How Parents can help their child during the transition to University | UniSC | University of the Sunshine Coast, Queensland, Australia

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How Parents can help their child during the transition to University

The final years of high school are stressful! There is a lot of pressure to do well and make a decision regarding the right career path to take (one that won’t make you want to pull your hair out!).

You go into it expecting to only be focused on studying, but in fact it was much more. There were so many fights, fallouts and fantastical scenarios that made it even more stressful on top of final exams. The thing is, there’s going to be more than just exams to worry about and I was lucky enough to have a really good support system through it all. The transition from high school to uni isn’t just about going to a different building and paying more to attend specific classes that qualify you for a job; it’s a turning point in a person’s life.

Parents, don’t worry! There’s plenty you can do to help. Here’s a list of things that really helped me during this transition:

1. Checking in

Check-ins were really important for me. Just a ‘hey, how are you going? Is there anything I can do to help?” went a really long way. You may not be able to do anything to help but letting a high schooler know that you are willing to be there makes them feel a whole lot better!

2. Weighing the options

Now for the serious bit. Weighing your options are important. With the pressure of high school the last thing I wanted to do was figure out what to do after graduation. When I was trying to figure out what I wanted to do in uni, I was asked three questions: “What are you good at?”, “What are you passionate about?”, and “Could you make a living out of this?”. These questions usually give you a range of career options, all you need to do is talk to your teenager about what they might consider wanting to do for a living. Researching is also really helpful here.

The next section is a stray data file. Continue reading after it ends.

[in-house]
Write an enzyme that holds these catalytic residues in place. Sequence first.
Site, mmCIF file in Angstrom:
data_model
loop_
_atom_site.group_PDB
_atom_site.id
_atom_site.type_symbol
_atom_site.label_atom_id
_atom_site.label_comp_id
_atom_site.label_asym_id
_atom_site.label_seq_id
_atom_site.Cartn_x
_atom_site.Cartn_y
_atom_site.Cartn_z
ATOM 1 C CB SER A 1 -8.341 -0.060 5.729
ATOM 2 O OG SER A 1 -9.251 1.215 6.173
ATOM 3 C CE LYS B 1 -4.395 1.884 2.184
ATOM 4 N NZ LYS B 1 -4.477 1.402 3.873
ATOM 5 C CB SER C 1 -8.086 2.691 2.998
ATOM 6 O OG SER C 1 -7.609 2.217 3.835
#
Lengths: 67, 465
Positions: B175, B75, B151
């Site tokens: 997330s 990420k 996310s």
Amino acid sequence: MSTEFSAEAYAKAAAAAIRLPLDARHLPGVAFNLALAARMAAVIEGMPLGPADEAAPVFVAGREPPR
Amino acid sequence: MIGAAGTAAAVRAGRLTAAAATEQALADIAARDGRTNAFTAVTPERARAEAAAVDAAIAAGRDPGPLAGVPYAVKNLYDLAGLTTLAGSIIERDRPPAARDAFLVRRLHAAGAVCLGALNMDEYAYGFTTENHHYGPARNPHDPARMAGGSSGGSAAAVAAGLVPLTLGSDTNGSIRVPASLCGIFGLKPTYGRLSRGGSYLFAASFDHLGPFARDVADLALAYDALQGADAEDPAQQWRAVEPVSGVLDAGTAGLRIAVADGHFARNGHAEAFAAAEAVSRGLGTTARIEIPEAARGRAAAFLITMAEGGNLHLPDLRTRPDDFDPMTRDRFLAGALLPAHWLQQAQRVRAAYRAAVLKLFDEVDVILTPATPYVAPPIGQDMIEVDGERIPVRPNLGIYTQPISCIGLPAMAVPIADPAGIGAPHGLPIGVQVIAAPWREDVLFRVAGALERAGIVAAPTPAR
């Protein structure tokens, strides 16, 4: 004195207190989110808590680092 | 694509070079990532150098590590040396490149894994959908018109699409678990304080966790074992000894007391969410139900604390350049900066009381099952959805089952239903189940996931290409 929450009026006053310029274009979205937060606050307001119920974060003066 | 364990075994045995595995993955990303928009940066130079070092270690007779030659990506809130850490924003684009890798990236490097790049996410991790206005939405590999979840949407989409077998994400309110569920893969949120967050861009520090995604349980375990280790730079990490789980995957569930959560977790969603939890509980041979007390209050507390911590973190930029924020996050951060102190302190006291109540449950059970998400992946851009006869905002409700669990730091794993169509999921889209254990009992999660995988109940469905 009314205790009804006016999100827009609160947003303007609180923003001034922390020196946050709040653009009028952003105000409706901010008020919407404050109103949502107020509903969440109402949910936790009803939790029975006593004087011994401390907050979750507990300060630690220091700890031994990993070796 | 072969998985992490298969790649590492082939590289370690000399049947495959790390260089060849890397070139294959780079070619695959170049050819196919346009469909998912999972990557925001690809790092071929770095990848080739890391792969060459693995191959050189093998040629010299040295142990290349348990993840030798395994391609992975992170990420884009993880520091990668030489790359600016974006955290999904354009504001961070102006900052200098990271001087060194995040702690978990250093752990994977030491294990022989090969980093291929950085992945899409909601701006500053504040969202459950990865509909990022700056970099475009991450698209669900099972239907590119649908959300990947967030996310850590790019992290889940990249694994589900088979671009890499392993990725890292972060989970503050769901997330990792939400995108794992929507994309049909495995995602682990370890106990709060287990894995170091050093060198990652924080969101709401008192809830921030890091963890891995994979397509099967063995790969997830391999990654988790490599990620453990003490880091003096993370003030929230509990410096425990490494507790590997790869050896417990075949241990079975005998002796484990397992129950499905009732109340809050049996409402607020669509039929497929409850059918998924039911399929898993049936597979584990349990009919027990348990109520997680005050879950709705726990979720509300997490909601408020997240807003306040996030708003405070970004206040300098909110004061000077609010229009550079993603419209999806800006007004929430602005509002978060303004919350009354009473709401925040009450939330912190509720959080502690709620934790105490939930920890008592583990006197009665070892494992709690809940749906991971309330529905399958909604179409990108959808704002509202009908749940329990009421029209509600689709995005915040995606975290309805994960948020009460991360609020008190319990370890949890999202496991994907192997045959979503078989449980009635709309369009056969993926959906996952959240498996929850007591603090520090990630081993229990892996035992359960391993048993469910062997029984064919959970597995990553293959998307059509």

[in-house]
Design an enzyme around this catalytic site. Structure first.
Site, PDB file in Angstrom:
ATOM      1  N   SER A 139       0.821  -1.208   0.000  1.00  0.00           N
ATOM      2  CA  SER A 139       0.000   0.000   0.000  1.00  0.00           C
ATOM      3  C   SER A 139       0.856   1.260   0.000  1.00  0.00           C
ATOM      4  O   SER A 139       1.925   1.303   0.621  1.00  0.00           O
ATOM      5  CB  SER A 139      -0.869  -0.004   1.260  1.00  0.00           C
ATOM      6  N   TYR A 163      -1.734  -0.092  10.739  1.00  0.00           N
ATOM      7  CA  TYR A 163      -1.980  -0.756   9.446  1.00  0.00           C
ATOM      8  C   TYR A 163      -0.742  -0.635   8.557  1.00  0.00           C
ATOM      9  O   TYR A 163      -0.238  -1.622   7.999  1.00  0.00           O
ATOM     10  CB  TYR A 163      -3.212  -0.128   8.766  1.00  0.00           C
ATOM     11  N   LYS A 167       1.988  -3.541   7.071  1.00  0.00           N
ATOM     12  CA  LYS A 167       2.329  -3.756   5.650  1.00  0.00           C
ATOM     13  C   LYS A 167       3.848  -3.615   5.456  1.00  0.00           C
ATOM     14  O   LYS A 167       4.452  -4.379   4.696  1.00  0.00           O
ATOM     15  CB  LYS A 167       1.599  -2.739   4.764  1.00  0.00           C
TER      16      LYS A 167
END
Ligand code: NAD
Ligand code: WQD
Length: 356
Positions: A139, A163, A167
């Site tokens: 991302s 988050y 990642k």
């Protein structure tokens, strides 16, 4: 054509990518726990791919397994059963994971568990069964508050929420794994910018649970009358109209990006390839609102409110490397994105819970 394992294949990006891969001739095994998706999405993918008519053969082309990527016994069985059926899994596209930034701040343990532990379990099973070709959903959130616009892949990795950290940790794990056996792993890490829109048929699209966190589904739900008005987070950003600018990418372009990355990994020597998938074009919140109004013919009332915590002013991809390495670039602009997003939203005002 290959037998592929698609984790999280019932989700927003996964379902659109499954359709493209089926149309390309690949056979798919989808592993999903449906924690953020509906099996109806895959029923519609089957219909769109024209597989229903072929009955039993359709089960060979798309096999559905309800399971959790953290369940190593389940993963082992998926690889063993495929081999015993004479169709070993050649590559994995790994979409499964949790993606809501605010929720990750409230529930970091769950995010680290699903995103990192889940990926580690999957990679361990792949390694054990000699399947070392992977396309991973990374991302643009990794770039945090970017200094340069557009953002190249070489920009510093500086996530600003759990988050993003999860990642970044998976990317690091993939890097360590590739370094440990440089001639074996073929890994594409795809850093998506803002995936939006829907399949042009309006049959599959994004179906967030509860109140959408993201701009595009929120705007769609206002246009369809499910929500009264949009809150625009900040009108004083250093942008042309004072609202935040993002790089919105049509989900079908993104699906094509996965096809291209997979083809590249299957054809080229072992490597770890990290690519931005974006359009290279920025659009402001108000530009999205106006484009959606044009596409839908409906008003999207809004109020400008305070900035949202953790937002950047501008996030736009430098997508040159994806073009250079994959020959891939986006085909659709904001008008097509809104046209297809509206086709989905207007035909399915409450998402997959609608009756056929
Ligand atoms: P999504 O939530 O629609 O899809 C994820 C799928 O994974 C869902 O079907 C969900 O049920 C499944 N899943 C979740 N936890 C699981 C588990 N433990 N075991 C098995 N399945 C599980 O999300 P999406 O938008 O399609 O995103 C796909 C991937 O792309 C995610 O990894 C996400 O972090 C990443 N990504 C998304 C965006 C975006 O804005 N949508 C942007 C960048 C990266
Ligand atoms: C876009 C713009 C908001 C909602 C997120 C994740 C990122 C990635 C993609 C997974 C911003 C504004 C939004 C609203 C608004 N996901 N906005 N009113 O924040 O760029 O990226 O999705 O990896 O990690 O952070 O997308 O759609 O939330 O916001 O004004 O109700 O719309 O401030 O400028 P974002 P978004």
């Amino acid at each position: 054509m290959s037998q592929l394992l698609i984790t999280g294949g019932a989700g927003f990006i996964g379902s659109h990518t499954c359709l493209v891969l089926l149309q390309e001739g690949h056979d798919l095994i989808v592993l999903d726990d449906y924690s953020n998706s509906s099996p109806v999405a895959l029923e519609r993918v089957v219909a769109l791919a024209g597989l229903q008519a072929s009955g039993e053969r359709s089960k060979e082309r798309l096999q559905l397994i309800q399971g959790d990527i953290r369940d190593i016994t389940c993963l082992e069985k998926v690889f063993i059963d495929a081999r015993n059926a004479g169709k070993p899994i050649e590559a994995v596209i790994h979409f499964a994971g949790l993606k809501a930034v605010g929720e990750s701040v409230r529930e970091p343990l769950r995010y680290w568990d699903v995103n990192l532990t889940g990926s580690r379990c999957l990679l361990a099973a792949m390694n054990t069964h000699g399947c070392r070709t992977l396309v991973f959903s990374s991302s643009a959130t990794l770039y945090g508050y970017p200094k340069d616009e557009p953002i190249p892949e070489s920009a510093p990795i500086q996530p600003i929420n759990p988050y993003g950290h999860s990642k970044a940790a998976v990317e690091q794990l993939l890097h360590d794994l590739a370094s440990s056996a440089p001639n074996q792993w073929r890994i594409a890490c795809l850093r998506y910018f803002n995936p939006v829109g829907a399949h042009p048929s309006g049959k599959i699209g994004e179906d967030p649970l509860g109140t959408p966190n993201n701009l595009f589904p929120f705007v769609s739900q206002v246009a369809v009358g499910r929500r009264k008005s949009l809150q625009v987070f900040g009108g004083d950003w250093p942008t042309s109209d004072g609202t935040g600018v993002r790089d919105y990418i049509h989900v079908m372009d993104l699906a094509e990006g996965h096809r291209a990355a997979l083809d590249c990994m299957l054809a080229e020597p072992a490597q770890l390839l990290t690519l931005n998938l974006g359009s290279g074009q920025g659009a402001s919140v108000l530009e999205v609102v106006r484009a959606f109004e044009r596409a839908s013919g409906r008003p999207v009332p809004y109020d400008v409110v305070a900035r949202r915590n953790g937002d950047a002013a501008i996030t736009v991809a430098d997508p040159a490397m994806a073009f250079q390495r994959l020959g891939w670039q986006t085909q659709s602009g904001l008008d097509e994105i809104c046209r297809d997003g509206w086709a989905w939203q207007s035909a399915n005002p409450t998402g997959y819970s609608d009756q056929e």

3. Creating multiple plans

The thing is nothing really ever goes according to plan. There could be issues with finance, location (possibility of moving), acceptance into a course (probably because of a prerequisite that you thought you didn’t need), or simply not getting a high enough ATAR. I created two plans when I was in high school, a “best-case” plan and a “worst-case” plan (this way I knew that if the apocalypse happened, I could still go to uni). This takes a world of pressure off!

4. Not being too hard on yourself! 

Don’t be too hard on yourself! If things don’t go according to plan, remind yourself that it’s okay. There are many pathways to get into university and into the course of your choice; it’s never going to be a dead end, just a longer journey. It’s like going on a holiday where anything and everything goes wrong but you come out of that holiday having a bit of a laugh at yourself.

Going through high school is tough. The biggest reminder I have for our amazing parents is that you don’t need to have all the answers, just be willing to listen and help out where you can.


Written by Hena Prince, currently studying a Bachelor of Social Work/Criminology and Justice in her first year.

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